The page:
I'm a total newbie to woodworking, so i apologize in advance for the
ignorance. The question is, how do i cut a precise angle with a circular
saw? I'm building a couple sawhorses for a bigger project, and i can do a
bevel cut, but can't figure out how to measure and cut a precise angle
(other than 90 degrees... i figured that one out) ;] Is there some kind of
gadget that acts as a guide, and is adjustable from 0 to 90 degrees?
Thanks for the help,
You might get a kick out of an "almost" product described at
Note: Please do NOT attempt to order. This is not a current
product and the web page was only a prototype for a business that
never got off the ground.
Porter-Cable had a similar product a whole bunch of years ago. I tried it,
didn't much care for it.
"Facts are stubborn, but statistics are more pliable." Mark Twain
The idea behind the "almost product" was that after "calibrating" the wooden
spar all you would need to do is mark your cut and align the end of the
wooden spar with the mark. When using a speed square you have to take into
account the offset between the edge of the base of the saw and the blade
location. Lee Valley sells two similar saw mitre gauges, see below.
Doug nailed it. Used with care, it combines extreme accuracy,
speed, durability, and convenience - and delivers those benefits
equally well to complete newbies and old pros.
It died as a product because I couldn't afford the entry fee -
cost of stamping dies + cost of minimum initial production order.
The good news is that all it takes to build your own is 30" of
1"x1", a 12"x12" piece of 1/4" plywood, glue, and screws.
Hey, neat! I often use a handheld saw when roughing out the pieces from
1x12x8' stock as they are too big and unwieldy to be convient on the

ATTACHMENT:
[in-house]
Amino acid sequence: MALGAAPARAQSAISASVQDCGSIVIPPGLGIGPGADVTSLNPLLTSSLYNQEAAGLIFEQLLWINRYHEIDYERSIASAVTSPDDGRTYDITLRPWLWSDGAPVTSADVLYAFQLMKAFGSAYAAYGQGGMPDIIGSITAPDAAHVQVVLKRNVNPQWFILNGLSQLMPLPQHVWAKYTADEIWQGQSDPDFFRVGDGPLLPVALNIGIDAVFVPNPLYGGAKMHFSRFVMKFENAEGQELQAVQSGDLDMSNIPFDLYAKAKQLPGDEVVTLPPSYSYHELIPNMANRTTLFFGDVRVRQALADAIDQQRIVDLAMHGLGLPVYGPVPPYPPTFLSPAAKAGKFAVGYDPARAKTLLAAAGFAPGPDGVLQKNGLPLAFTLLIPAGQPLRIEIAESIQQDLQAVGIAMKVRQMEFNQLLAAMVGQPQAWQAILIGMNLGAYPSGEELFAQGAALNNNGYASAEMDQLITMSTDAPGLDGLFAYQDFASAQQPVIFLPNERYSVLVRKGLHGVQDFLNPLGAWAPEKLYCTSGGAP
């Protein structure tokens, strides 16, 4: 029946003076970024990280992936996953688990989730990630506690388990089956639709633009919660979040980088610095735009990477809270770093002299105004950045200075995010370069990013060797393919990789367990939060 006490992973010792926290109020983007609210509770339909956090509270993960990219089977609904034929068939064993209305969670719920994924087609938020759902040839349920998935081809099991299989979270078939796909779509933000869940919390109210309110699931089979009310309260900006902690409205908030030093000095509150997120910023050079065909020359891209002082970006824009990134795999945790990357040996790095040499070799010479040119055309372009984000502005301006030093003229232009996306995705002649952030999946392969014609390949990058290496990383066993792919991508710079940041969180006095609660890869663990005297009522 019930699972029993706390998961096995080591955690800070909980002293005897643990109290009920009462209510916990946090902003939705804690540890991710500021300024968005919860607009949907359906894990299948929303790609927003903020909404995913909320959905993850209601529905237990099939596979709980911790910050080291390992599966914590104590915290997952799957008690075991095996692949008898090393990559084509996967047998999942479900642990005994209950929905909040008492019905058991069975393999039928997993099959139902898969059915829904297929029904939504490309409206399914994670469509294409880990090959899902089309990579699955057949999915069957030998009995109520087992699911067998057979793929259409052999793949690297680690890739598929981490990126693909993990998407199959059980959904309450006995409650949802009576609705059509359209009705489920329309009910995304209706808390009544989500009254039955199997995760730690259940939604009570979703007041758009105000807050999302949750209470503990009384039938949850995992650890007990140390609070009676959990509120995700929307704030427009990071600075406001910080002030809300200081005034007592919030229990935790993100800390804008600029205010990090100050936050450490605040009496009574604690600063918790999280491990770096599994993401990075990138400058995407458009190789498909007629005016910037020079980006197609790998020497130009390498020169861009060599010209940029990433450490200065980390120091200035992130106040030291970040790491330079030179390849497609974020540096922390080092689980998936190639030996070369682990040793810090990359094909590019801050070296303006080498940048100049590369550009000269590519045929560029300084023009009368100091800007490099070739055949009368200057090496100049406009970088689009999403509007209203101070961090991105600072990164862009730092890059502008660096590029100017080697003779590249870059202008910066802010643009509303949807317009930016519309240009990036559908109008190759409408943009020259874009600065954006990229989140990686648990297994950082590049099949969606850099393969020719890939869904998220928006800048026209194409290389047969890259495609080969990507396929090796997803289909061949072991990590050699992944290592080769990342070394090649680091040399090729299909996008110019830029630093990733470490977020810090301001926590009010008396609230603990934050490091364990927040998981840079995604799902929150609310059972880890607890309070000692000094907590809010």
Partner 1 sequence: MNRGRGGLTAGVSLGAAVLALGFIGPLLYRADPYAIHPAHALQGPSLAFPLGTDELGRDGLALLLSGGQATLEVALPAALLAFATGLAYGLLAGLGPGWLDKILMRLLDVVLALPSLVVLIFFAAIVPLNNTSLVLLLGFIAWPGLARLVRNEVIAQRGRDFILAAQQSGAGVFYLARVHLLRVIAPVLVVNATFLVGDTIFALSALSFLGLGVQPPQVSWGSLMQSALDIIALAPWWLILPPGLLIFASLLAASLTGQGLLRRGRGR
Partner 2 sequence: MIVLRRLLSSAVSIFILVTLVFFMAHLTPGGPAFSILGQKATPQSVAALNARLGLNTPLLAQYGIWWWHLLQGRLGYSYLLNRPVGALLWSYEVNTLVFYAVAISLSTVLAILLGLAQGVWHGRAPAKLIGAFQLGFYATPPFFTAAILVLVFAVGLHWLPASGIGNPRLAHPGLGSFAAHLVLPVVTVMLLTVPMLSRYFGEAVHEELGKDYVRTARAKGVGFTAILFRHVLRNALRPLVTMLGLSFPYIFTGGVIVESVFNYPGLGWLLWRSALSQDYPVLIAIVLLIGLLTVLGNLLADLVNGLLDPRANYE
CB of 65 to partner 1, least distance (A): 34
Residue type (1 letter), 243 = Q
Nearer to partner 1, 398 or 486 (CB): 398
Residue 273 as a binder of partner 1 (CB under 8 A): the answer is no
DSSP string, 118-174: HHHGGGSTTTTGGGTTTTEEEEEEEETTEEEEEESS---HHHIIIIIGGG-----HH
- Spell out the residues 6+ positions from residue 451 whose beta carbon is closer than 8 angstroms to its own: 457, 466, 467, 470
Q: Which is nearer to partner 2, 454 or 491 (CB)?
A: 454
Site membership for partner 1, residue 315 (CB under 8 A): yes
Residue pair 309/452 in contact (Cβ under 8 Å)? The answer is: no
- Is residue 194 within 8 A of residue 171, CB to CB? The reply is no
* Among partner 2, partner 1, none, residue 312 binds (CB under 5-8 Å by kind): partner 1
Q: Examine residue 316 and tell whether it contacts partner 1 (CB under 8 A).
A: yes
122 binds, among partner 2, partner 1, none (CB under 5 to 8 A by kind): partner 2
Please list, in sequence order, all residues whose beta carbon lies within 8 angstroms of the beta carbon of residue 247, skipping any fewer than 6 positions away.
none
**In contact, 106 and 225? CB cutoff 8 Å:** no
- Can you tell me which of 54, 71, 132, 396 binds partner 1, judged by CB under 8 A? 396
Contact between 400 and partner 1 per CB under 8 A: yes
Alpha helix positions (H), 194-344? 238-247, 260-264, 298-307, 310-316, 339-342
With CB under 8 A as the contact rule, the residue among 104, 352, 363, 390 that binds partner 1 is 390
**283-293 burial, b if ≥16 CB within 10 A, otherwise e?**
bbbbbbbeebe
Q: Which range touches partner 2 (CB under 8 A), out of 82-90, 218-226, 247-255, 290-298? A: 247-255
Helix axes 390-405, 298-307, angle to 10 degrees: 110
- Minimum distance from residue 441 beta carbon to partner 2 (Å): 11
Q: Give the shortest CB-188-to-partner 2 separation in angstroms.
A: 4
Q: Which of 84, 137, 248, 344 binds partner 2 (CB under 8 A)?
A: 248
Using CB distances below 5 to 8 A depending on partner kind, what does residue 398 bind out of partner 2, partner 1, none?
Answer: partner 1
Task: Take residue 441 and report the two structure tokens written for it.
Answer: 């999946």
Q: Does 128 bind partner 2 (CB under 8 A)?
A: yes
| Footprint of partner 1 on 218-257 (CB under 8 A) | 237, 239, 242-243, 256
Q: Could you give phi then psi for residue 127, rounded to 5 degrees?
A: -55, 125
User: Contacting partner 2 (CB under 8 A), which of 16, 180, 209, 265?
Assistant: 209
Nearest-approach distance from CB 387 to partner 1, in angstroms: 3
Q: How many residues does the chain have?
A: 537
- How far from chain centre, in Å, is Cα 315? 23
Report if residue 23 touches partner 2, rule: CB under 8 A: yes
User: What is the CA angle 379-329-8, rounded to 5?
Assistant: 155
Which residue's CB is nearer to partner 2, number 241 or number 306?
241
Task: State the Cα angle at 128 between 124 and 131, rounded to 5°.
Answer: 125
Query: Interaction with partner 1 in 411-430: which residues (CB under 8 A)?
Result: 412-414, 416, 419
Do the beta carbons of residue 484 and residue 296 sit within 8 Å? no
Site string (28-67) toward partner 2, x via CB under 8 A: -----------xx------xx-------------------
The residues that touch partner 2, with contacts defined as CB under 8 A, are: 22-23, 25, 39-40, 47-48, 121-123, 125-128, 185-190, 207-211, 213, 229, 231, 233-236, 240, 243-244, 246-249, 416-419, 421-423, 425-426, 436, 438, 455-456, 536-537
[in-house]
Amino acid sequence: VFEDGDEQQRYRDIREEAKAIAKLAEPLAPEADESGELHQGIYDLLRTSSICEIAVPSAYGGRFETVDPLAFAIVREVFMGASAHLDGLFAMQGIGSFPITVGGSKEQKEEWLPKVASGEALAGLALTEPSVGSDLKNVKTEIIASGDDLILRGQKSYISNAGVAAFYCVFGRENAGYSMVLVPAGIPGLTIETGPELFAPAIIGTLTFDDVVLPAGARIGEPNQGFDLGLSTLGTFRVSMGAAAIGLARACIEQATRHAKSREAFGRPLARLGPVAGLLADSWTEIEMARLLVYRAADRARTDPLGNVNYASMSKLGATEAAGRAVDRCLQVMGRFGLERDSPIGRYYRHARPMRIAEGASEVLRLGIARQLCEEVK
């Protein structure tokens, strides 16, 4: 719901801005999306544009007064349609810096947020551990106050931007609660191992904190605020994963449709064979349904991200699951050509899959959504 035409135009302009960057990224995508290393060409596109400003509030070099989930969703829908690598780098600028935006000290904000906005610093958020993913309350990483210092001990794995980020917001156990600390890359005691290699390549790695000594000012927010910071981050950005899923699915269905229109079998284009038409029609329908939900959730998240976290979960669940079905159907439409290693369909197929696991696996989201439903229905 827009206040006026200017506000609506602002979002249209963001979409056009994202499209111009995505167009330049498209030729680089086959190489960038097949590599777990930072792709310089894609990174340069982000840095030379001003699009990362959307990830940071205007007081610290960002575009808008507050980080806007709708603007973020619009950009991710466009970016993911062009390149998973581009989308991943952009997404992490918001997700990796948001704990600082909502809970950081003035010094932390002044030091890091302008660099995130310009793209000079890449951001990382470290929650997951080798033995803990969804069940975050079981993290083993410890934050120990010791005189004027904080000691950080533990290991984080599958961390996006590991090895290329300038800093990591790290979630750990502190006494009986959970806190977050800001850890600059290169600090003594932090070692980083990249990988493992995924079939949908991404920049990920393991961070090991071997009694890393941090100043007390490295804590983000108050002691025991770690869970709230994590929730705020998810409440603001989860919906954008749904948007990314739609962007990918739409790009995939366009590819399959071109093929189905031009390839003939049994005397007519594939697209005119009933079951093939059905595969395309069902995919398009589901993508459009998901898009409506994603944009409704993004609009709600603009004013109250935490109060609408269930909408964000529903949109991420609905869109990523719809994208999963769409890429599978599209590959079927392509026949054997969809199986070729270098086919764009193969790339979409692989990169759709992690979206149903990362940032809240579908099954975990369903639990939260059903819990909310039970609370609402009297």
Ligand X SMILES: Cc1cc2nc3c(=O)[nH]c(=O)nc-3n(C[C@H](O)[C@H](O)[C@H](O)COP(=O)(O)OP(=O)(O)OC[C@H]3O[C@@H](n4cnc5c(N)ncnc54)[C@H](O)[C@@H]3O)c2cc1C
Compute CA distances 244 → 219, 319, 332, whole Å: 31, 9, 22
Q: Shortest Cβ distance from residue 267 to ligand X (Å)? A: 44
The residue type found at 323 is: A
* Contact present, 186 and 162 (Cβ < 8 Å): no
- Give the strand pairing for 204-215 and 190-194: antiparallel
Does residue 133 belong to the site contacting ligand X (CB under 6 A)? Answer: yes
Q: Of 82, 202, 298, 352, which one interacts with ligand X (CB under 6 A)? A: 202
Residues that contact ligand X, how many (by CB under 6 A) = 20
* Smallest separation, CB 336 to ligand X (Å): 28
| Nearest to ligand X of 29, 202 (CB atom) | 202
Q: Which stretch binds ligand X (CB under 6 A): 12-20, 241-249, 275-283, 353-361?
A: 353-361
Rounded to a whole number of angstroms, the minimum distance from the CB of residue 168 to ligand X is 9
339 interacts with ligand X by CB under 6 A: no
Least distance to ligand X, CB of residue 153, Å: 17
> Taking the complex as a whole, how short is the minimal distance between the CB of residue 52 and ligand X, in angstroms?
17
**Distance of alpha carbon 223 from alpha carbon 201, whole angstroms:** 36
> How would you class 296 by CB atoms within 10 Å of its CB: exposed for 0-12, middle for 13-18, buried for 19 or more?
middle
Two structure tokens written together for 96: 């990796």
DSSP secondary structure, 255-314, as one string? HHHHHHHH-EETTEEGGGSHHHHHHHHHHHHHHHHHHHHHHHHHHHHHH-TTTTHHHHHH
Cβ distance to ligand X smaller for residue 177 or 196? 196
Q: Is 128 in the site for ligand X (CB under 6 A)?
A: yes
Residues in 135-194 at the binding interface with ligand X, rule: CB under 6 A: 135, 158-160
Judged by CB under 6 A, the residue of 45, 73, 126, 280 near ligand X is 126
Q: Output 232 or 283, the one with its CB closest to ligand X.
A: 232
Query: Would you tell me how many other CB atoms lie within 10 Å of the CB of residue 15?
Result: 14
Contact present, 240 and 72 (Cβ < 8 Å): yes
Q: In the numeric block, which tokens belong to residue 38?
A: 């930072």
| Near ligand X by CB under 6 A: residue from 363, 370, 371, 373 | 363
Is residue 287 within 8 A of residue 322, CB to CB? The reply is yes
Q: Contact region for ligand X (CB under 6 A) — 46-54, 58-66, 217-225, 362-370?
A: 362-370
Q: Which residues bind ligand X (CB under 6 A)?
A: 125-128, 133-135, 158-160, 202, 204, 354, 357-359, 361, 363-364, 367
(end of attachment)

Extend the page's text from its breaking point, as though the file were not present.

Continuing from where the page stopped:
chop saw or TS. Or somethimes I use a handsaw cause the circular saw is
just to much bother, but that jig would make it convient enough ....
Gonna make me one of those.
It depends on what you are trying to cut. For sheet goods, like plywood,
simply mark the degree angle you need using a protractor and extend it
across the sheet. For stock boards (1x4,1x6,2x4, etc) clamp a speed square
to the board for a 45 degree cut, or mark it using a protractor, then clamp
a guide so that you have something to run the base of the saw against as you
Yes, you can build an adjustable guide, but unless you really need an
accurate cut, and need it often using a cir saw, forget about spending the
time to do this...
Probably, but in this case, a little knowledge is better than gadgets,
which are fiddlesome and often inaccurate.
For a hand held circular saw, I would use a good square, a rule, and a
straight edge to guide the saw. To cut a given angle, use trigonometry to
determine the lengths of the two perpendicular sides of a triangle
containing the desired angle.
<crude ASCII art; use fixed-pitch font>
+ <-- mark 2 here
O | \
| T \
A ^- start of cut
`---- mark 1 here
</crude ASCII art>
Suppose you want to cut angle T. You need only remember that
O = A * tan(T)
Use a calculator to find tan(T).
Make a mark an arbitrary distance along the edge of the wood from the
point where the cut will start. This is side A (Adjacent) of the
triangle. Use whatever length works well for the piece of wood to be cut.
Multiply A times tan(T) to get the length of O, the side Opposite the
desired angle T.
Using a square, make a second mark at distance O from the first mark,
perpendicular to the edge.
For example, to cut a board at a 30-degree angle:
tan(30) = 0.5774 (approx)
Mark 1 for side A, say 10" long.
Mark 2 for side O = 5.774", as close as the rule allows.
Use the straight edge to guide the saw from the start of cut through
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